“I don’t think we ever outgrow the desire for Christmas magic, and wishing for a place to have all your dreams come true,” she said. “Creating that as a dancer or as a director, and being part of telling that story for others to enjoy, even if only for a little while, well, that’s magic and who wouldn’t want to be part of that? It’s like putting up the Christmas tree, every year, it’s the best tree ever, even when we know we said the same thing last year and the year before that.”
Asking Sandy Emile what her favorite part of The Nutcracker is, is like asking a mother who her favorite child is, only she has an answer: “I love it all, but the best part is the start of snow, at the end of the first act,” she said. “I set the dancing to be part of the music, which mimics the way a gentle winter snowfall starts. Quietly, a few flakes at a time until the music grows, and the stage is full of flakes dancing through the air. I have always loved a good snowfall.”
For those who have never been to the ballet, Sandy says they shouldn’t overthink it. “It’s just the telling a story or sharing an emotion with the audience without using any words. Relax and enjoy it.”
Sandy is honored to have such a beautiful venue for her dancers to perform in. “We are lucky,” she said. “There are few communities of our size in our type of location that have such a lovely ‘jewel box’ to perform in. I truly appreciate the community support of this lovely theater and the incredible staff that operates the facility.”
The Cache Valley Civic Ballet performance of The Nutcracker will be performed at the Ellen Eccles Theatre Thanksgiving weekend. Tickets are available at cvcballet.org.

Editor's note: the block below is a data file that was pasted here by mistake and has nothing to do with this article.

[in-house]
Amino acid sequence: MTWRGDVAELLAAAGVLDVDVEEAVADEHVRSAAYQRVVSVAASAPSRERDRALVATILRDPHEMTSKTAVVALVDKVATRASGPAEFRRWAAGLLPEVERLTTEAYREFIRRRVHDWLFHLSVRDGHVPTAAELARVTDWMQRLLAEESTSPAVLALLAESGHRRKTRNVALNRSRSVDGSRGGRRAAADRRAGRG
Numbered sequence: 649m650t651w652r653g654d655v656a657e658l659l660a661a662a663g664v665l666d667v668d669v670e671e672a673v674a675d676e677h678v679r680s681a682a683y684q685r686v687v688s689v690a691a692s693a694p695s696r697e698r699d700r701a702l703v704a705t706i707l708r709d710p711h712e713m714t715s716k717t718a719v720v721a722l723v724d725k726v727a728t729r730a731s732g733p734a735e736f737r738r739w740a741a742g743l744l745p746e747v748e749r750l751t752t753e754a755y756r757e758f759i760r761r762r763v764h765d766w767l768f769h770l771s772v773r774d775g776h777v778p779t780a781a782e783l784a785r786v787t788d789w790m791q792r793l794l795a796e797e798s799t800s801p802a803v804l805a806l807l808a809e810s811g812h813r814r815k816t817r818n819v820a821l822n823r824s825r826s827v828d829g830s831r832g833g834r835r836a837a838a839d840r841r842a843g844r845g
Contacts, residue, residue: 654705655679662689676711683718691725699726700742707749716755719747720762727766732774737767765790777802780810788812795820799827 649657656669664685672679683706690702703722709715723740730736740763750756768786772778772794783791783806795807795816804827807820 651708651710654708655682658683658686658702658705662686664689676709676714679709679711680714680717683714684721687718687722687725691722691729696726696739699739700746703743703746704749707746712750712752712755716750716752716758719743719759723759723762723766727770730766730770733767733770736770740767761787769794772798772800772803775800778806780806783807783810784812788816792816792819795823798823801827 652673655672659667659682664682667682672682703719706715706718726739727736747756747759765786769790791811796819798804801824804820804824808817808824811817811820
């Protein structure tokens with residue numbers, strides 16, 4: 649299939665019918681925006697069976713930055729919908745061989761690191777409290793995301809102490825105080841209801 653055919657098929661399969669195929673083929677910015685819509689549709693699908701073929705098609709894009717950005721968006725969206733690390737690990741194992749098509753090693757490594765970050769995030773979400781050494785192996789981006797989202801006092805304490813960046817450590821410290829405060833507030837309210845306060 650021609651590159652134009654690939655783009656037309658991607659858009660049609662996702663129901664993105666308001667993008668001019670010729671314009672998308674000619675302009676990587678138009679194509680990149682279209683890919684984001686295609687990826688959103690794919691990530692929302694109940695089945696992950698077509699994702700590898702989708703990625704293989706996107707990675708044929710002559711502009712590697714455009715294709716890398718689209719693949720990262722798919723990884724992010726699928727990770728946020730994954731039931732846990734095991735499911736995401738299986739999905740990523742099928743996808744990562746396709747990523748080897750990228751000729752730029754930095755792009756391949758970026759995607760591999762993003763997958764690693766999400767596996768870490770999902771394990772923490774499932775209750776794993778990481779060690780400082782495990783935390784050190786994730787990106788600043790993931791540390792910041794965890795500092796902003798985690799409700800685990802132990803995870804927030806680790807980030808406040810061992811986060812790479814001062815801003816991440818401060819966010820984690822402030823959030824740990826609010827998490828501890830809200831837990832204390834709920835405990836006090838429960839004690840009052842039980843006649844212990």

Ellen Eccles Theatre to Mark 100th Anniversary
Courtesy of Cache Valley Center for the Arts
In 1912, when the Thatcher Opera House was destroyed by fire, George and Brigham Thatcher envisioned an ornate, first-class theatre to replace it. This vision became reality when the new Capitol Theatre opened on March 29, 1923. At the hefty price of $250,000, the beautiful new theatre boasted a fly system, excellent acoustics, and an opulent interior. Named for its rival in Salt Lake City, the Capitol Theatre contributed to the image of Logan as “the Athens of Utah” and for the next few decades it was at the heart of cultural activities in Cache Valley.
The beautiful structure was grand enough to attract the great entertainers like Abbot and Costello, John Philip Sousa, the Marx Brothers, George Burns, and Gracie Allen. Live performances shared the stage with films, dominant through the 1930s. As television emerged in the 1950s the crowds waned and films shared the space with community productions.
By the 1980s, the Capitol Theatre had suffered from years of neglect. The ornate plasterwork had been painted industrial green, burlap sacks covered the stunning murals portraying the mythical phoenix bird, and a massive plywood wall blocked the stage. Some spoke of demolishing the building to provide additional parking. A few visionary citizens led by Michael Ballam, seeing a greater potential, united the community in an ambitious $6.5 million project to restore the theatre and create the adjacent Bullen Center. As a result of this grassroots effort, the building was transferred to the City of Logan, becoming a community theatre in the very best sense. Thousands of volunteer hours were contributed to the effort, and on January 8,1993, the Capitol Theatre was reopened and renamed Ellen Eccles Theatre in honor of early Logan resident and philanthropist Ellen Stoddard Eccles.
Like the mythological phoenix, which perishes in the fire and is reborn in the ashes, the Ellen Eccles Theatre is more vibrant than ever. This “crown jewel” is once again at the heart of the arts in Cache Valley.